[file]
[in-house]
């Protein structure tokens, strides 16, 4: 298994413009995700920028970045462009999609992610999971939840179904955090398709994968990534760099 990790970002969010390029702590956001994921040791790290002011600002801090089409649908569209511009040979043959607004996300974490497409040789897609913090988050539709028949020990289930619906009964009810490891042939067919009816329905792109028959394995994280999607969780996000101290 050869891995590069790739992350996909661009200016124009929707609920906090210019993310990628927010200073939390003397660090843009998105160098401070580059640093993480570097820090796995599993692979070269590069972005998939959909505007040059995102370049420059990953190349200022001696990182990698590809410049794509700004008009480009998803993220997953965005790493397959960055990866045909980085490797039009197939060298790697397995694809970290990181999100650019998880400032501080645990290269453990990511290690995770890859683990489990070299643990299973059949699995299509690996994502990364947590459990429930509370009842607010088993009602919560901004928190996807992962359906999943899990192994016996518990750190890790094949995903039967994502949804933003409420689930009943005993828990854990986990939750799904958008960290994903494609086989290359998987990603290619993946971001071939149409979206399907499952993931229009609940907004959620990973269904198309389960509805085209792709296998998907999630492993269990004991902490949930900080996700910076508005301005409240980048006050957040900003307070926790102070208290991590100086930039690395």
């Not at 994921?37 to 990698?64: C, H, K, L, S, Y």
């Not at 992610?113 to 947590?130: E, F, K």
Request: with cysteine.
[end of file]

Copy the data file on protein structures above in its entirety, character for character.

[in-house]
């Protein structure tokens, strides 16, 4: 298994413009995700920028970045462009999609992610999971939840179904955090398709994968990534760099 990790970002969010390029702590956001994921040791790290002011600002801090089409649908569209511009040979043959607004996300974490497409040789897609913090988050539709028949020990289930619906009964009810490891042939067919009816329905792109028959394995994280999607969780996000101290 050869891995590069790739992350996909661009200016124009929707609920906090210019993310990628927010200073939390003397660090843009998105160098401070580059640093993480570097820090796995599993692979070269590069972005998939959909505007040059995102370049420059990953190349200022001696990182990698590809410049794509700004008009480009998803993220997953965005790493397959960055990866045909980085490797039009197939060298790697397995694809970290990181999100650019998880400032501080645990290269453990990511290690995770890859683990489990070299643990299973059949699995299509690996994502990364947590459990429930509370009842607010088993009602919560901004928190996807992962359906999943899990192994016996518990750190890790094949995903039967994502949804933003409420689930009943005993828990854990986990939750799904958008960290994903494609086989290359998987990603290619993946971001071939149409979206399907499952993931229009609940907004959620990973269904198309389960509805085209792709296998998907999630492993269990004991902490949930900080996700910076508005301005409240980048006050957040900003307070926790102070208290991590100086930039690395």
């Not at 994921?37 to 990698?64: C, H, K, L, S, Y």
């Not at 992610?113 to 947590?130: E, F, K």
Request: with cysteine.